|Conservation status||Early in the 20th century, large numbers were sometimes shot during migration, but with legal protection their numbers now seem healthy.|
|Family||Hawks and Eagles|
|Habitat||Woods, groves. Typically breeds in deciduous forest or mixed coniferous-deciduous forest, often near water and near clearings or edges. Migrants may be seen over any kind of open country, but tend to stop for the night in forest or extensive groves of trees.|
Hunts by watching for prey from a perch, usually located along edge of woods or near water. When prey is spotted, the hawk swoops down rapidly to capture the creature in its talons. Occasionally hunts by flying through the woods or along watercourses, actively searching for prey.
Usually 2-3, sometimes 1-4. Whitish, usually spotted with brown. Incubation is almost entirely by female, 28-31 days. Male brings food to female during incubation, then he may sit on eggs while she eats. Young: Female remains with young almost constantly for first 1-2 weeks after they hatch; male brings food, and female feeds it to nestlings. Young may climb out of nest onto nearby branches at about 4-5 weeks; can fly at about 5-6 weeks, and soon start learning to hunt.
Female remains with young almost constantly for first 1-2 weeks after they hatch; male brings food, and female feeds it to nestlings. Young may climb out of nest onto nearby branches at about 4-5 weeks; can fly at about 5-6 weeks, and soon start learning to hunt.
Includes small mammals, amphibians, reptiles, birds. Varied diet includes mice, voles, squirrels, other small mammals; toads, frogs, snakes, lizards, young turtles; various small birds; large insects. Sometimes eats crayfish, fish, centipedes, earthworms.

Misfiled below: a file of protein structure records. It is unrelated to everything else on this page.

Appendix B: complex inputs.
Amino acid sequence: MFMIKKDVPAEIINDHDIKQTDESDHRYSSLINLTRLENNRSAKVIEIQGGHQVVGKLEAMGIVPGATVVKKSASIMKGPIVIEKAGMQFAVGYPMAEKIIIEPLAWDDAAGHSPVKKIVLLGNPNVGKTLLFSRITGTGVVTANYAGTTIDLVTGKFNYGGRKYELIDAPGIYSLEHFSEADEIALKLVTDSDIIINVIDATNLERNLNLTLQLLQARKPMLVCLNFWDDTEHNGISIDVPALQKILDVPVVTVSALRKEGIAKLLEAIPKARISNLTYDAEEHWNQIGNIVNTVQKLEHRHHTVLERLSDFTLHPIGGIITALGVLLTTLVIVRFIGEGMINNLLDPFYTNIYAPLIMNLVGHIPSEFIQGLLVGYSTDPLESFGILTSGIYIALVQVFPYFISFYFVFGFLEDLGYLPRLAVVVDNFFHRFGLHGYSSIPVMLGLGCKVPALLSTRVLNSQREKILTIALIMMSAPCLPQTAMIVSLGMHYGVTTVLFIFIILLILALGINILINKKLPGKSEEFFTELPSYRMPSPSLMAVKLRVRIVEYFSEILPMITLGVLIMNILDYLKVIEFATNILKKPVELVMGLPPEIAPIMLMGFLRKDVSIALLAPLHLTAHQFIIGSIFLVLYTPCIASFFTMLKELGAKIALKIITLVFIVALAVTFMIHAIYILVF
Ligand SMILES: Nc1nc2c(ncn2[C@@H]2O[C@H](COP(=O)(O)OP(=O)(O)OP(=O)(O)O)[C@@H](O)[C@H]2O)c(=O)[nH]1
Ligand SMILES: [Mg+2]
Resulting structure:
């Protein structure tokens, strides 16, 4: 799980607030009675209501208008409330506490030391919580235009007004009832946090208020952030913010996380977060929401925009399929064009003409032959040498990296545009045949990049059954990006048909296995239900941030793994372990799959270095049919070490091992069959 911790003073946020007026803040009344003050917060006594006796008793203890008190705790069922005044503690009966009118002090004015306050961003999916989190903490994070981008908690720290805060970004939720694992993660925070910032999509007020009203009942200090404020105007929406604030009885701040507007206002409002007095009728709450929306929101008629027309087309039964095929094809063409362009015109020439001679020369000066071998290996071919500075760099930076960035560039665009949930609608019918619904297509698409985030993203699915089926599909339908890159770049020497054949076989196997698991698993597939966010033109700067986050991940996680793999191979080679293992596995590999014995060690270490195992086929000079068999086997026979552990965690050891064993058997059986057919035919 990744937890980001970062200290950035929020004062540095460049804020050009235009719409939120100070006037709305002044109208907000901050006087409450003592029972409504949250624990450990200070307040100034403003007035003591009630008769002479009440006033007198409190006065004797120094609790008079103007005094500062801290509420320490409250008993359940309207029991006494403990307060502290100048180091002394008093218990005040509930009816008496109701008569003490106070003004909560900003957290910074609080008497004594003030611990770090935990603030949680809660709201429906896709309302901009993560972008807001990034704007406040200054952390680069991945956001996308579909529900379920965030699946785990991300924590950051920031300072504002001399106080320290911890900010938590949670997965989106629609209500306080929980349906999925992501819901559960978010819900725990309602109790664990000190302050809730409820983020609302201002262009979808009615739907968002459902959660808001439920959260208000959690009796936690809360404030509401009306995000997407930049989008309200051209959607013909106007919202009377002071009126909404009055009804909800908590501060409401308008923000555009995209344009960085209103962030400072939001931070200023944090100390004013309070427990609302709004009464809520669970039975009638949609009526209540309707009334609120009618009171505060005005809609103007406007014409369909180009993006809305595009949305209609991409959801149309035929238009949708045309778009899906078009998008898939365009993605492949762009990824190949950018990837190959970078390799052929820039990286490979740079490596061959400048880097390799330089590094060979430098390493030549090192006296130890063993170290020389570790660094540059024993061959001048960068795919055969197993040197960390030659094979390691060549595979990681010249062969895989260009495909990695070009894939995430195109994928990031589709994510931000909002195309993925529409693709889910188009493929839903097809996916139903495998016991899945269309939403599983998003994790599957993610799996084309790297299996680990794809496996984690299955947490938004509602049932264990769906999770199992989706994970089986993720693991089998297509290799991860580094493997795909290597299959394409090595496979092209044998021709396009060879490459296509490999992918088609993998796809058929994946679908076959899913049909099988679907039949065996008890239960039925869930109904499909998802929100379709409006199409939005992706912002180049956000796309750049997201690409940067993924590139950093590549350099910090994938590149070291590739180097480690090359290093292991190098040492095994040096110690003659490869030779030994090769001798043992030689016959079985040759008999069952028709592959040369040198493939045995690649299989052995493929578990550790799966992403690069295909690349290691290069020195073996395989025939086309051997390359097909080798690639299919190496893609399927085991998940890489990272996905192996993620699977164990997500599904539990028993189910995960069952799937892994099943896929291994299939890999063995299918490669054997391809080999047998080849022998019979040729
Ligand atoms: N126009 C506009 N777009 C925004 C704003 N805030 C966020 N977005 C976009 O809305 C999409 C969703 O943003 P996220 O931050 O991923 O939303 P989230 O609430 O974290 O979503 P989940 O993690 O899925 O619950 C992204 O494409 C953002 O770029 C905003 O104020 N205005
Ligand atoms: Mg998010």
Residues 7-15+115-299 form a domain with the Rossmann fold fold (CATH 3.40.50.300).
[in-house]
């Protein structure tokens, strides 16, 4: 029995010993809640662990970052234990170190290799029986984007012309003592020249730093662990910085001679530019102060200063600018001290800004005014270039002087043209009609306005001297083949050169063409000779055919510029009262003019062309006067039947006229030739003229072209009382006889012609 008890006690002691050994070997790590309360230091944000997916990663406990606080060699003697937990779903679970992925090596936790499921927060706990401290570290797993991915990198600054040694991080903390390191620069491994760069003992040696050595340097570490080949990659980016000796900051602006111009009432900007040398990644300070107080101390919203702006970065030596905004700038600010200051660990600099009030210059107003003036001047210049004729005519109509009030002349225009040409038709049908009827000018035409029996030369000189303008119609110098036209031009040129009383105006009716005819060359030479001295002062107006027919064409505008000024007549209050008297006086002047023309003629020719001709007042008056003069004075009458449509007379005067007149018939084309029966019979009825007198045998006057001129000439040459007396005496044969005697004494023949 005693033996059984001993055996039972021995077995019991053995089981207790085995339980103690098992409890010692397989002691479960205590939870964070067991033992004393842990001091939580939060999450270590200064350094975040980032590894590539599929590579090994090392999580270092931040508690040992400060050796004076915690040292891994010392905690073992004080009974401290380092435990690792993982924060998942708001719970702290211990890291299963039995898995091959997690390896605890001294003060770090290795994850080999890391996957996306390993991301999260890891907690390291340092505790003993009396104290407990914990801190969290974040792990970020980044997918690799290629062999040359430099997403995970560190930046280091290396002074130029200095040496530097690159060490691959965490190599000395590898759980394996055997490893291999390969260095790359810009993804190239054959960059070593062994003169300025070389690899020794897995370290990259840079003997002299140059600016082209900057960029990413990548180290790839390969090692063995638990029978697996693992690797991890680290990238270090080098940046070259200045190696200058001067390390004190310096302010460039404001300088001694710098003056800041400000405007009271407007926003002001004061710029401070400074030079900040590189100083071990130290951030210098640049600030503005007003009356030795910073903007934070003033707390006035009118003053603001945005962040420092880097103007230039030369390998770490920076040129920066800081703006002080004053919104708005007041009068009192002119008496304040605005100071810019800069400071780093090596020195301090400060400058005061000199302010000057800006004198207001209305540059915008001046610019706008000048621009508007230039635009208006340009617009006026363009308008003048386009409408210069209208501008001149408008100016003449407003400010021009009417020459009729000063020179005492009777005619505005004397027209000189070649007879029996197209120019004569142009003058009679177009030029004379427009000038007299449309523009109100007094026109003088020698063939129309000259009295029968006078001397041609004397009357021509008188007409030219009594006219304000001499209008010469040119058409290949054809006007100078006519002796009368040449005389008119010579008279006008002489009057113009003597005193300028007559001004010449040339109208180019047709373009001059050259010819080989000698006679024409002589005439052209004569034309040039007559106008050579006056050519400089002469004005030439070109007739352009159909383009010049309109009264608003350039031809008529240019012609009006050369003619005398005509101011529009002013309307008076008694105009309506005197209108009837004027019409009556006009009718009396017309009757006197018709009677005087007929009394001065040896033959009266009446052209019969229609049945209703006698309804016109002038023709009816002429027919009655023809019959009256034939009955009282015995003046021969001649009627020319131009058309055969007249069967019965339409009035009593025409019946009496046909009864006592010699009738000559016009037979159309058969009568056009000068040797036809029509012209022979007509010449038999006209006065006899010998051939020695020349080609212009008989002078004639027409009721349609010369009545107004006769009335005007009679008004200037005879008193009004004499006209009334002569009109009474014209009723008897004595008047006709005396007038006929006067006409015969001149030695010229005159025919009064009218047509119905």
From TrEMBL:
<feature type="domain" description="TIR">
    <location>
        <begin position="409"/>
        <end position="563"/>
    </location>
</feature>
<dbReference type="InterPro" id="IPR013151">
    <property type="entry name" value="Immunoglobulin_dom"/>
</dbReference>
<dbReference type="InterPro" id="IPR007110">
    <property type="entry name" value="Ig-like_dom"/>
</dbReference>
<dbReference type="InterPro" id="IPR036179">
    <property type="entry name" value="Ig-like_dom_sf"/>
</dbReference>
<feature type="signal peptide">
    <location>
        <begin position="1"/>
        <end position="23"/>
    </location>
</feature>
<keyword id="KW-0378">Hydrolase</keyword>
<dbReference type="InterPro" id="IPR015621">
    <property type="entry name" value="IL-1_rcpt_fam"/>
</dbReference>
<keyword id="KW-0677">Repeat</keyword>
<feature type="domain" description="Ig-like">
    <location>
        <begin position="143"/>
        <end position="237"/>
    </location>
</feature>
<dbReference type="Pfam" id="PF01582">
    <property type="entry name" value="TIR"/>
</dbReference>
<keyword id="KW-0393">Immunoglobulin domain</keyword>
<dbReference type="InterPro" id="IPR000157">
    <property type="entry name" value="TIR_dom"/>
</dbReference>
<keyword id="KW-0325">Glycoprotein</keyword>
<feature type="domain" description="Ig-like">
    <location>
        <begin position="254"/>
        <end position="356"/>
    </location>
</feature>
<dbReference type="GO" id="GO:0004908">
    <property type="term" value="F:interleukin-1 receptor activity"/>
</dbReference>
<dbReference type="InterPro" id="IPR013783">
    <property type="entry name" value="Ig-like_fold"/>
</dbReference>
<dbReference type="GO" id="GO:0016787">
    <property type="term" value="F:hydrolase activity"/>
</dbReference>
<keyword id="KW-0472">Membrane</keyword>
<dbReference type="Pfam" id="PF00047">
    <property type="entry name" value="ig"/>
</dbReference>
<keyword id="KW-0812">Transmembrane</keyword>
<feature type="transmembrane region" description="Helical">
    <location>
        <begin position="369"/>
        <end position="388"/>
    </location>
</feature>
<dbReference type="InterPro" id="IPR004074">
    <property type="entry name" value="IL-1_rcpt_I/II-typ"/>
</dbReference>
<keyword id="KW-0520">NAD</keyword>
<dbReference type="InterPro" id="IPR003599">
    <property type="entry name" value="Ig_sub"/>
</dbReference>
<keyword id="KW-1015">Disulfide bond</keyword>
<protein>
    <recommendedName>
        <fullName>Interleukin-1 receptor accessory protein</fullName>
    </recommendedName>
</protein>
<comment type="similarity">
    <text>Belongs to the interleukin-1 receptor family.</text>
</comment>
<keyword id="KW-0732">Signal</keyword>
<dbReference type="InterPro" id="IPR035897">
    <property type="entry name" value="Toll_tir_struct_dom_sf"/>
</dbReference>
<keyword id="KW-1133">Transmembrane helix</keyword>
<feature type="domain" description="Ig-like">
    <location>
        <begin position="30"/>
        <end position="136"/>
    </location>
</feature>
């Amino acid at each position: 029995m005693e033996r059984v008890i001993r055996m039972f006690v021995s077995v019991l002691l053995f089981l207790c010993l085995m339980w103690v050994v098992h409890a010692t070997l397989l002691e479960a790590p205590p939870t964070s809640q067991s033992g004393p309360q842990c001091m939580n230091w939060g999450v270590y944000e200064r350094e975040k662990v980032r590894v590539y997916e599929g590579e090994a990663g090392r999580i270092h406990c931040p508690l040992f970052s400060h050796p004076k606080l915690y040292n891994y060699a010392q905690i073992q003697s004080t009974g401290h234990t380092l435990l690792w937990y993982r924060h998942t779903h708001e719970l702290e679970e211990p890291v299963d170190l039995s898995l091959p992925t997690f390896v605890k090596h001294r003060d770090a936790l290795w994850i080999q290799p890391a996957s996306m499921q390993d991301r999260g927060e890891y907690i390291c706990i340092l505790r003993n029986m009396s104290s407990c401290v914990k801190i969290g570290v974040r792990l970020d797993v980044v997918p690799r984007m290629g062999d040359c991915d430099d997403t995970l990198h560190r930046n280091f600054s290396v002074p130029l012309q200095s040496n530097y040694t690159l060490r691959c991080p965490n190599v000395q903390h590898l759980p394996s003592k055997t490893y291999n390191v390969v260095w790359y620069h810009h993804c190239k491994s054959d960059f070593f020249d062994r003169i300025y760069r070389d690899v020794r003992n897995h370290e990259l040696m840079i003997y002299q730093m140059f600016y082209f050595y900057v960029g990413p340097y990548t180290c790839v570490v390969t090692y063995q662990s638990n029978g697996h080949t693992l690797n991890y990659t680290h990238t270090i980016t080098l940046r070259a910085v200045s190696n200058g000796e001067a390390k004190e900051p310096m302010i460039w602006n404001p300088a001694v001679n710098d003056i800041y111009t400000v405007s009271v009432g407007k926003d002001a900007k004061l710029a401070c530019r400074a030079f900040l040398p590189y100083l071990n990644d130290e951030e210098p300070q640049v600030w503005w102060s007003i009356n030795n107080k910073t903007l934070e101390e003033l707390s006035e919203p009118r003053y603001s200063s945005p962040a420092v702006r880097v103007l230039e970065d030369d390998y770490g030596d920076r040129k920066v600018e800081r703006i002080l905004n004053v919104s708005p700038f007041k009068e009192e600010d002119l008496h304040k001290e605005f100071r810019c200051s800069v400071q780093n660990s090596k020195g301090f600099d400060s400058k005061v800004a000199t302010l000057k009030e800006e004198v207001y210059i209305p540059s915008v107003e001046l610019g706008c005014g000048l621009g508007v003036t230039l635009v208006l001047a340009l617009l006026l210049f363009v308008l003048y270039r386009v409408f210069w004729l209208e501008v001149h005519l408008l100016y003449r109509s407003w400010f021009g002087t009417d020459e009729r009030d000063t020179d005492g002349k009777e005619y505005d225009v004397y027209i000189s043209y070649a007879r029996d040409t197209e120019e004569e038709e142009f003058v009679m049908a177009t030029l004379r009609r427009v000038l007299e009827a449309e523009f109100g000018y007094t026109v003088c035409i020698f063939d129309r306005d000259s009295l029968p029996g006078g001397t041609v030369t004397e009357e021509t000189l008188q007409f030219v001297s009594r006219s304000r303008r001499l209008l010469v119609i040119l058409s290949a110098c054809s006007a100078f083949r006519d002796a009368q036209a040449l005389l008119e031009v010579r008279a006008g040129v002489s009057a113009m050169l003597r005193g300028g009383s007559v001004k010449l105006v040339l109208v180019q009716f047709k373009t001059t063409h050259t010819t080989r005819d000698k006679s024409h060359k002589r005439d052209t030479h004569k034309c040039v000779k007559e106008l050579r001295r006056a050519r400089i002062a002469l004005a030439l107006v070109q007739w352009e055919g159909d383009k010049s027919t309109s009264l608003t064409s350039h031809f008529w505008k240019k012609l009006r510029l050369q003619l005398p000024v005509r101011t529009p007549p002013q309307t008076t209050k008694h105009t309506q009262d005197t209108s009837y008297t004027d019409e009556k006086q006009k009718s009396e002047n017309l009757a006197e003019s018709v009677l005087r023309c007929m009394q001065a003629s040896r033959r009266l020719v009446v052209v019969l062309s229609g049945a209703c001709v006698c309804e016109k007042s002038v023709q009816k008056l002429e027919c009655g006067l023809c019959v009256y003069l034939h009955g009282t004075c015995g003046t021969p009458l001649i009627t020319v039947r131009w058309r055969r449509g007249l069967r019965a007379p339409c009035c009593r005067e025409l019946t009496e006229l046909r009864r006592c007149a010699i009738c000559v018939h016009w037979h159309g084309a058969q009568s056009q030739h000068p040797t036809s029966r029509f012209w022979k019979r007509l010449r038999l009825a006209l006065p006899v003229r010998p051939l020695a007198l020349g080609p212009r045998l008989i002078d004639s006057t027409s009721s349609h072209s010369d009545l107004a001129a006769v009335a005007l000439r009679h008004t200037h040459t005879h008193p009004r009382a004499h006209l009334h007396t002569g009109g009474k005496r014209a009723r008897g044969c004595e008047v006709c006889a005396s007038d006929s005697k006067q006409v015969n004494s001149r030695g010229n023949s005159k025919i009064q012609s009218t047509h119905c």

Early in breeding season, pairs circle high in the air, calling. In display, one bird may fly high, then dive steeply toward the ground. Nest site is usually in the lower part of a large tree (either deciduous or coniferous), typically 25-40' above ground. Nest (built by both sexes) is a rather small platform of sticks, lined with softer materials such as bark and moss. Leafy green twigs often added during nesting cycle. Often uses pre-existing nest of hawk, crow, or squirrel, adding material to it.
Illustration © David Allen Sibley.
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Text © Kenn Kaufman, adapted from
Lives of North American Birds
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A long-distance migrant, most going to South America for the winter. Migrates in flocks. Birds from throughout the east travel southwest or south to go around, not across, the Gulf of Mexico.
- All Seasons - Common
- All Seasons - Uncommon
- Breeding - Common
- Breeding - Uncommon
- Winter - Common
- Winter - Uncommon
- Migration - Common
- Migration - Uncommon
See a fully interactive migration map for this species on the Bird Migration Explorer.Learn more
Songs and CallsThin whistle, pe-heeeeeeeee? Blue Jays are known to mimic the call.
Learn more about this sound collection.
How Climate Change Will Reshape the Range of the Broad-winged Hawk
Audubon’s scientists have used 140 million bird observations and sophisticated climate models to project how climate change will affect this bird’s range in the future.
Zoom in to see how this species’s current range will shift, expand, and contract under increased global temperatures.
Climate threats facing the Broad-winged Hawk
Choose a temperature scenario below to see which threats will affect this species as warming increases. The same climate change-driven threats that put birds at risk will affect other wildlife and people, too.